Identification and Characterization of a gene required for meiosis I mono-orientation of sister chromatids in Drosophila

UNCG Author/Contributor (non-UNCG co-authors, if there are any, appear on document)
Sean Thornton (Creator)
The University of North Carolina at Greensboro (UNCG )
Web Site:
John Tomkiel Dean

Abstract: Prior to meiosis, kinetochores of sister chromatids are replicated, functional and important for orienting chromosome alignment at the metaphase plate. At meiosis I sister kinetochores must attach to the same spindle pole to ensure that sister chromatids are segregated to the same daughter cell. In yeasts, the monopolin complex mediates this co-orientation of sister kinetochores to promote proper chromosome segregation. Monopolin constituents are not well conserved across phyla; Meikin appears to carry out the same function in humans and other organisms. Analogues to monopolin components have not yet been identified in the fruit fly Drosophila melanogaster; despite a conserved function of chromosome segregation in meiosis I. Here, I describe an EMS-induced meiotic mutant, CG30383Z, in Drosophila melanogaster that is defective in co-orientation of sister kinetochores at meiosis I. In genetic tests of chromosome transmission, mutants in CG30383Z produce both reductional nondisjunction of homologs and equational nondisjunction of sister chromatids. Complementation tests using a deletion allele have revealed that this is the null phenotype. Furthermore, using fluorescence in situ hybridization, I observed that mutant CG30383Z sister chromatids had separated and segregated to opposite poles at meiosis I in 69.3% of meiotic cells. All aspects of this phenotype suggest that I have identified the first component of the monopolin complex in flies.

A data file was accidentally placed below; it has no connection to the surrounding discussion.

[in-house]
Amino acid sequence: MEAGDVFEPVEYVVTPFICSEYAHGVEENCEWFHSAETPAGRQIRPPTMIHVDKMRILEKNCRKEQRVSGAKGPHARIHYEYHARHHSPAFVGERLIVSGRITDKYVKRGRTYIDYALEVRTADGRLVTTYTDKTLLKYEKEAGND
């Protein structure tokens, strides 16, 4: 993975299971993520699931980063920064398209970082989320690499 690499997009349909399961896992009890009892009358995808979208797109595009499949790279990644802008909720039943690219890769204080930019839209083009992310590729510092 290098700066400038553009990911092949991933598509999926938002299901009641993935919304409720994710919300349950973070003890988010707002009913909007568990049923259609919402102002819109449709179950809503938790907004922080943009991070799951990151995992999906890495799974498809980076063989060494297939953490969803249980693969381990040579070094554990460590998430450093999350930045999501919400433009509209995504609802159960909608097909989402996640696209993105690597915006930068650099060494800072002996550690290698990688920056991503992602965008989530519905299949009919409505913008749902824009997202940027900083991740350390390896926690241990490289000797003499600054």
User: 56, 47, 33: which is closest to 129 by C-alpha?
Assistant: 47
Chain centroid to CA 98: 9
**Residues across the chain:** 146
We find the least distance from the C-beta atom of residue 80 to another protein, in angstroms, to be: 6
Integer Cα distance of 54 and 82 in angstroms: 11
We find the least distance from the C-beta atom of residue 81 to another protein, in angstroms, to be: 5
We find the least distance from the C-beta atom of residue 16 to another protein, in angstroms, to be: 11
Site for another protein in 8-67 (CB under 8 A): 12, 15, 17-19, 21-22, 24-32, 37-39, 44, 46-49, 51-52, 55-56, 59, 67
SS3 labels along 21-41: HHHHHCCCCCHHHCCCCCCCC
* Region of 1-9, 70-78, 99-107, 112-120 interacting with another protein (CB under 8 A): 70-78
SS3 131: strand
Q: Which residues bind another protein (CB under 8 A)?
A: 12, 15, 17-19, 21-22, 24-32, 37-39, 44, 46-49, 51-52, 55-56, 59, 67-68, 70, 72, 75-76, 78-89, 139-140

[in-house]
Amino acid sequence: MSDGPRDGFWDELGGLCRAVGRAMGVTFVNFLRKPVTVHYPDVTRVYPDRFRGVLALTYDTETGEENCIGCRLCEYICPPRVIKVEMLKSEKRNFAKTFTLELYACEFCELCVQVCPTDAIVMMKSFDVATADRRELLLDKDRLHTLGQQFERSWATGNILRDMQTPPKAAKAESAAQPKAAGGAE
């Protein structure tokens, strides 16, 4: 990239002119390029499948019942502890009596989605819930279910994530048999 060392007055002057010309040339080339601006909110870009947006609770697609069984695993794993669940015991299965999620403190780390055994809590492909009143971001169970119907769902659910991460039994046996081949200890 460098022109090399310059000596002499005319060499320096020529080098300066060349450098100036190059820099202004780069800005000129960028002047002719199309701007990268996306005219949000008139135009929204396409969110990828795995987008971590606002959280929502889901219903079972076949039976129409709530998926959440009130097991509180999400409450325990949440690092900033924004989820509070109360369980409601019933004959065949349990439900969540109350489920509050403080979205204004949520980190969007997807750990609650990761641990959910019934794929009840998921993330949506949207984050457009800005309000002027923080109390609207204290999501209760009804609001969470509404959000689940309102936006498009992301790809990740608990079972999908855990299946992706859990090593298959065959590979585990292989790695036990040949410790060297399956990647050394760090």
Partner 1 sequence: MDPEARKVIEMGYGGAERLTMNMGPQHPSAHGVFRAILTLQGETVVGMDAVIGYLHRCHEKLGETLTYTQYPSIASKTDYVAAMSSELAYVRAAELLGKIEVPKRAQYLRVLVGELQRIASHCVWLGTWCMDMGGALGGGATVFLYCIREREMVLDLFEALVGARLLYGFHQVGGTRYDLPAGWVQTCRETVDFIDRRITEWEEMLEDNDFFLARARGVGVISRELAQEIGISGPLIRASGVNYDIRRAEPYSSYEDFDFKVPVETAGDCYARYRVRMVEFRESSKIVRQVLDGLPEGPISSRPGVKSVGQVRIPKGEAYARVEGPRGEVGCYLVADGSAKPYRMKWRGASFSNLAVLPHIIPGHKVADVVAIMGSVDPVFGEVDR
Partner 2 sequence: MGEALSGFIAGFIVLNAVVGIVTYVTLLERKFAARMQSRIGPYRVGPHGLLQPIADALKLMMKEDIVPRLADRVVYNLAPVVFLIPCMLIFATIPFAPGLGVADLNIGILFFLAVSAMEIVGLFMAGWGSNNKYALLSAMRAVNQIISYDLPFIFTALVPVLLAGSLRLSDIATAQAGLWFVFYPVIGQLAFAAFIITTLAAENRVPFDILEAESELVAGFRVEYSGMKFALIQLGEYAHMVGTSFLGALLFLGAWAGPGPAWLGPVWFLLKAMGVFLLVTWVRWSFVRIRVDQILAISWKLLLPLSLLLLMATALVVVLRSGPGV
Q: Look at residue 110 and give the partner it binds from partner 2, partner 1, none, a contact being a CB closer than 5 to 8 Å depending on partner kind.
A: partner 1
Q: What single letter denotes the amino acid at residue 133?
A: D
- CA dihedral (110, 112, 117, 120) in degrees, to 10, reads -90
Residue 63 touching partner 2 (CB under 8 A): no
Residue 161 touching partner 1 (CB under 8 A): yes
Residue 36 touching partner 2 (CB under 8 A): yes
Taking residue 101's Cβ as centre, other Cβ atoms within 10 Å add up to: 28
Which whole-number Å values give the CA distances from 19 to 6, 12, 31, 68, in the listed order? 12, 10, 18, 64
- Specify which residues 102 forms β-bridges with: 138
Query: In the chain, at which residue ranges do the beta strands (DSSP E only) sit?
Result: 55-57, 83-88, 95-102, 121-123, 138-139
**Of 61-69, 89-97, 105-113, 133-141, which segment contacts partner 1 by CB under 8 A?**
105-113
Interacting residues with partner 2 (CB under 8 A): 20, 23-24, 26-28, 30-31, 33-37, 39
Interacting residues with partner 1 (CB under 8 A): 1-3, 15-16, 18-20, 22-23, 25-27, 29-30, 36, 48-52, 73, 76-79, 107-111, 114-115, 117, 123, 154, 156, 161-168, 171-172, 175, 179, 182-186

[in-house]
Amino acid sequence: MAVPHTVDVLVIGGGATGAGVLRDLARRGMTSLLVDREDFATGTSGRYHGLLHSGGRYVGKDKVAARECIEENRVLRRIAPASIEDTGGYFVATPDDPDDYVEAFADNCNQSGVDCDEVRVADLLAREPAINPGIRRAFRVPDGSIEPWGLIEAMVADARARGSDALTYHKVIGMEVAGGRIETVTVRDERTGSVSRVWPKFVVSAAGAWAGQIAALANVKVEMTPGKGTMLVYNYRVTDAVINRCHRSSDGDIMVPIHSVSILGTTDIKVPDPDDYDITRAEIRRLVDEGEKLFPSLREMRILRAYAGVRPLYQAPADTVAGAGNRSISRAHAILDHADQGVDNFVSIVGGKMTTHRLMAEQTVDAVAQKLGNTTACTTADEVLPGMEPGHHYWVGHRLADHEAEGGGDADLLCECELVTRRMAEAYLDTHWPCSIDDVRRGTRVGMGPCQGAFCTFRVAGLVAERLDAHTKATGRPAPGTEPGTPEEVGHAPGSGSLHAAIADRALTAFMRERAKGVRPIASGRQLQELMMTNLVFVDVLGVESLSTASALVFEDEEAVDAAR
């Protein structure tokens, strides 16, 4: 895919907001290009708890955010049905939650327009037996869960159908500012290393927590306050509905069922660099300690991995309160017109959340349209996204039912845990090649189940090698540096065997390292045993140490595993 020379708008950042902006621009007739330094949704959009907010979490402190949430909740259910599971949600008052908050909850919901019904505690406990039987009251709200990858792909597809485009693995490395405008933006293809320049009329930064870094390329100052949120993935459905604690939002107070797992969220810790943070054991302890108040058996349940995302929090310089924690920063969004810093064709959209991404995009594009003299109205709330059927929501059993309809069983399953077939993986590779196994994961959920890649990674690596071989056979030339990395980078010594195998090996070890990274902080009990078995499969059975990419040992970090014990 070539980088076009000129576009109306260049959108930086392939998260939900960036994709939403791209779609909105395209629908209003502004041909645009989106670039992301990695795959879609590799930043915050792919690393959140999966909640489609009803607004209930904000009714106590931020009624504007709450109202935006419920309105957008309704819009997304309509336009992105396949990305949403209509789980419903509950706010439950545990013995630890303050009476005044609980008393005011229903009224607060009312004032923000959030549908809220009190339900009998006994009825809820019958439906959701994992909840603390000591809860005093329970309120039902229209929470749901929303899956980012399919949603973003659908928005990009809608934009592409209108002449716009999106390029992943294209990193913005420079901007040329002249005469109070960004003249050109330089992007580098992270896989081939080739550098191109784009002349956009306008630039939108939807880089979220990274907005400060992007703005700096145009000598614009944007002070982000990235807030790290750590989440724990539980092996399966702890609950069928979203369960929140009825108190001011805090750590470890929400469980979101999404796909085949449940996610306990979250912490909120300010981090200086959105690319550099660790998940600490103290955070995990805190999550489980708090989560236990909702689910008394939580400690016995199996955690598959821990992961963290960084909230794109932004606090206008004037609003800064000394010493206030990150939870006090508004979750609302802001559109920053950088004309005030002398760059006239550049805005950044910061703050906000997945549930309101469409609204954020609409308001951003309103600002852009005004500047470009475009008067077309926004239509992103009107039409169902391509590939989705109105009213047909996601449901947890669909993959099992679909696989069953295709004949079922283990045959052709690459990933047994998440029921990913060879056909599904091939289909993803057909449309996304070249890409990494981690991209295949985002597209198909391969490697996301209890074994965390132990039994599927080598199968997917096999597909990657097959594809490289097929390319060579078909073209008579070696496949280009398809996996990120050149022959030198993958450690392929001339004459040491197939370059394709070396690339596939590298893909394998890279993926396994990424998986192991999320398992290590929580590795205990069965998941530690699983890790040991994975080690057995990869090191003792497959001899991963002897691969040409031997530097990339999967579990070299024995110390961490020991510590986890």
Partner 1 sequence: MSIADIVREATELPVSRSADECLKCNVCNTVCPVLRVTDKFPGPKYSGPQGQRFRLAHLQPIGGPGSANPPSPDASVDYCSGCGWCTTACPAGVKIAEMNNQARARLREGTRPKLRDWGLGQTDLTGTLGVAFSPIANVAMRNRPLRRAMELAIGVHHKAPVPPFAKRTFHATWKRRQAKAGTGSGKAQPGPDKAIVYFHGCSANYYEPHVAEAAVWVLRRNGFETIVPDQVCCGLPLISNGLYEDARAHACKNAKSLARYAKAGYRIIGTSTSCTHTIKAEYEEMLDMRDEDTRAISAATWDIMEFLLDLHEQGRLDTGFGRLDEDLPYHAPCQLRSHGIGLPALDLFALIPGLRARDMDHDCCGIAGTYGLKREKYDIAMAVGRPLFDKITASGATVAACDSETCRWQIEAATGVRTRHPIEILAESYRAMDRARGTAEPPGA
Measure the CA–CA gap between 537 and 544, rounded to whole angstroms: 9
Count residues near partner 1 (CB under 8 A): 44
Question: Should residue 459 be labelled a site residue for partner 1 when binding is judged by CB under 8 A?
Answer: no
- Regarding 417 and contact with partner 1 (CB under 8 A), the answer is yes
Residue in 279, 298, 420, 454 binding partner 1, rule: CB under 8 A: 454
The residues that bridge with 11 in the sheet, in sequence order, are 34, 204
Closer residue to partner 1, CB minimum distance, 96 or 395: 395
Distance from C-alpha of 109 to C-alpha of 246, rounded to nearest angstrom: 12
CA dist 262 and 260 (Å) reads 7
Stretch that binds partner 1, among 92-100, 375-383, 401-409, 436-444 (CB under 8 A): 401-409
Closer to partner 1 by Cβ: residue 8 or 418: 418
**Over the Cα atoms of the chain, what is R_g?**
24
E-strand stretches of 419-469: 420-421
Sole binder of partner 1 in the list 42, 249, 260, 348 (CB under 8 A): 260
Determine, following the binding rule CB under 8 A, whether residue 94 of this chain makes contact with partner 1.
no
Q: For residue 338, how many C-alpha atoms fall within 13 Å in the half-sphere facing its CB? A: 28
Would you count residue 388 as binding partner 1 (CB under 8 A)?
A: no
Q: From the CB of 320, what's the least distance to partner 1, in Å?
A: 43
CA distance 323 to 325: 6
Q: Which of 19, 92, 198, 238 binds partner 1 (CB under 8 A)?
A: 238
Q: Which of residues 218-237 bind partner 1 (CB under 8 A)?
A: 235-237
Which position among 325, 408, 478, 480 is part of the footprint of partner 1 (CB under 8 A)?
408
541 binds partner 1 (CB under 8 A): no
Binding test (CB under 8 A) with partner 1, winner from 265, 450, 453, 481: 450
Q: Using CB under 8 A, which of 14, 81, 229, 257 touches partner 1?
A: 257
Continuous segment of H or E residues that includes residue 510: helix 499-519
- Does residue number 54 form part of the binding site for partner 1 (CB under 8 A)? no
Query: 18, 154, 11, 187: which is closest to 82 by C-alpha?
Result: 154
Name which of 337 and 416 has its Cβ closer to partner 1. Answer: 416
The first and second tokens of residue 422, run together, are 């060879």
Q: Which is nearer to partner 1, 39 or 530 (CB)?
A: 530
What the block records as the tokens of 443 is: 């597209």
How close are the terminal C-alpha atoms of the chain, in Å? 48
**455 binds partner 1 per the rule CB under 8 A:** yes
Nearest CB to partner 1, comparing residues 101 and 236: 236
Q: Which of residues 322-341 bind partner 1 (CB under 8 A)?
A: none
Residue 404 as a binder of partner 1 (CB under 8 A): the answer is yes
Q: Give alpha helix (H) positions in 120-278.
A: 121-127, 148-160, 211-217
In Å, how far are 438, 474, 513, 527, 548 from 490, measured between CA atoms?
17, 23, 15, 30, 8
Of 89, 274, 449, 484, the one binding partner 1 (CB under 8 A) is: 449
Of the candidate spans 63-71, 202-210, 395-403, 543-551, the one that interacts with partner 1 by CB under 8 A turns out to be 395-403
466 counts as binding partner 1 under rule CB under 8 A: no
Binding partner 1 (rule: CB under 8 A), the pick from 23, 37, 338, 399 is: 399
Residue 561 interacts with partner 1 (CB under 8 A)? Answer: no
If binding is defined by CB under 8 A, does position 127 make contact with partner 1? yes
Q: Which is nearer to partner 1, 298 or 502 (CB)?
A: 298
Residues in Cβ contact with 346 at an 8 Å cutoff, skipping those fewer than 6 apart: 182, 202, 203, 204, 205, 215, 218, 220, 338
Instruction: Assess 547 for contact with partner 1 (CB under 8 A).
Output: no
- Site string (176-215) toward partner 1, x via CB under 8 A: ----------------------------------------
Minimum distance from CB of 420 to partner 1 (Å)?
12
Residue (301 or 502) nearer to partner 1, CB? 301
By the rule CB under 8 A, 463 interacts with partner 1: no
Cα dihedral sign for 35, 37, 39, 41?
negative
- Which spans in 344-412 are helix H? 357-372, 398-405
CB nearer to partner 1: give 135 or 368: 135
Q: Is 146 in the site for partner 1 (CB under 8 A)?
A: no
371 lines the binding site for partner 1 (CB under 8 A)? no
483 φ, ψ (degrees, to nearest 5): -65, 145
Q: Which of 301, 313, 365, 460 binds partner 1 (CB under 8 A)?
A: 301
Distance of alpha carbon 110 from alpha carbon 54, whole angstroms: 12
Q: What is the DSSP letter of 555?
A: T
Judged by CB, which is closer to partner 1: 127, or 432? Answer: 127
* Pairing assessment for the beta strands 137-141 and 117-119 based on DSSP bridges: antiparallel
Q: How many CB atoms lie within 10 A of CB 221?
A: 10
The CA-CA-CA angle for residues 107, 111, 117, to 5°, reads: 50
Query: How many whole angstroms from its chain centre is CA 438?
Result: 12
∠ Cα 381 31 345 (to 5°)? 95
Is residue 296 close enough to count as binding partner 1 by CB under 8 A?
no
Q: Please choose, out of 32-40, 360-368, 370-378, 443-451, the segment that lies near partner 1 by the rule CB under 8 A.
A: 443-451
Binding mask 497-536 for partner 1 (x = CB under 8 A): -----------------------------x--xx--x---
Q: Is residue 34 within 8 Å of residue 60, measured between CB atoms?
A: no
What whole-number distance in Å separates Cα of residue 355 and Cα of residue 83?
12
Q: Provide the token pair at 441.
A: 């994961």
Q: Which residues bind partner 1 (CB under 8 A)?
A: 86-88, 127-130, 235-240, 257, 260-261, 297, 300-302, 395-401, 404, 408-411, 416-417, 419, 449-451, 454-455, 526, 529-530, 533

Additional Information

Honors Project
Language: English
Date: 2020
Drosophila, drosophila melanogaster, kinetochore, orient, meiosis, chromasome, mono-orient, sister chromatids, mono-orientation, mutation

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